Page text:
“Six, including Lucien Tymer. We need you here.”
Tymer had been part of the old guard, one of the few current agents who had served under Alex’s mother, the first female director of the FBI. “Me?” He couldn’t keep the surprise out of his voice. Chase, who looked like he might throw up, stepped closer to Alex, putting his ear near the cell phone. Alex increased the volume so he could hear too.
“What about Ellen Dawson?” Alex asked Harding. The senior agent in charge of the New York BPI pod was hours closer than he was.
“Alex…” Harding’s voice was heavy. Alex had known her since he was a little kid. He hadn’t heard her sound so disconcerted since his mother’s funeral. “We think there was a leak out of your office.”
Alex’s eyes flicked over to Chase, who had gone even paler. “Oh?”
“I’m sorry. I’m suspending the Chicago pod until we can sort out this mess,” she said. “I want you to come to DC and help with this thing.”
“Why?” Alex began, but then he understood. Alex was the most famous agent in the BPI. He wasn’t just an FBI legacy; his team had also solved the two biggest shade cases to date. “Never mind, I get it. Optics.” It had come out more sour than he intended.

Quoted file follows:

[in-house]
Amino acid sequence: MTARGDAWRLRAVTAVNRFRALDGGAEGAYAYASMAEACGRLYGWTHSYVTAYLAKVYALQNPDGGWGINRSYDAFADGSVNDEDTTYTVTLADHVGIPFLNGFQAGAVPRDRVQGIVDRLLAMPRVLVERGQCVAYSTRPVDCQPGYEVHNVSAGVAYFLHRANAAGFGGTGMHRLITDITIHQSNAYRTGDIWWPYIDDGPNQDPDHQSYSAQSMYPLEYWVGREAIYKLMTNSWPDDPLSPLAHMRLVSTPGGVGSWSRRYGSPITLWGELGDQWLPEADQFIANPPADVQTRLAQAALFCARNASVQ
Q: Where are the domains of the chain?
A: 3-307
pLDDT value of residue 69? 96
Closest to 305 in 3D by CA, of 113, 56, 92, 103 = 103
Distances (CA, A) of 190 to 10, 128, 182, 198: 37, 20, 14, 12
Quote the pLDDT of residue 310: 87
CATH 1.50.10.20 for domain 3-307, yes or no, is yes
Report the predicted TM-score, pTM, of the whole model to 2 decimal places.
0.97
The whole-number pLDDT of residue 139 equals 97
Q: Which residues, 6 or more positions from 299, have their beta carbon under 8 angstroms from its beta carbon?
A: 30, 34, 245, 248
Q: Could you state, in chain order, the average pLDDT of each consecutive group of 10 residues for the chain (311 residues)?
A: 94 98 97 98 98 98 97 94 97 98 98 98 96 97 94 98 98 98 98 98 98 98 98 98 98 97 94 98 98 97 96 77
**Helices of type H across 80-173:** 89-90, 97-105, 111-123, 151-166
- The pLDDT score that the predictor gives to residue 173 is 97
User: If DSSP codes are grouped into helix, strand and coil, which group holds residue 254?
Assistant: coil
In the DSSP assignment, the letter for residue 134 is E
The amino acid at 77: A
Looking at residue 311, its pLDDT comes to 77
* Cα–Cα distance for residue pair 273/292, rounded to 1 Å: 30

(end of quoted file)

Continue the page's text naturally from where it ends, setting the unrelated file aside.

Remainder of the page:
“Like it or not, you’ve become the face of the BPI,” Harding said sternly. “We’ll talk about it more when you get here. Call your people, inform them that the pod is suspended, and then call my assistant. I’ll have her book you a flight. And, of course,” she added, like it was an afterthought, “I’m sending Gil and his SWAT team to pick up Rosalind Frederick.”
Next to him, Lindy recoiled. “Wait, what?” Alex sputtered. He was about to ask why, but then it was all too obvious: until a few hours ago, Lindy was the only known free vampire in America. She had access to BPI agents, and she could control humans with her saliva. Of course they would assume she was involved in the jailbreak.
Beside him, Lindy must have reached the same conclusion, because the look of surprise on her face quickly settled into irritation.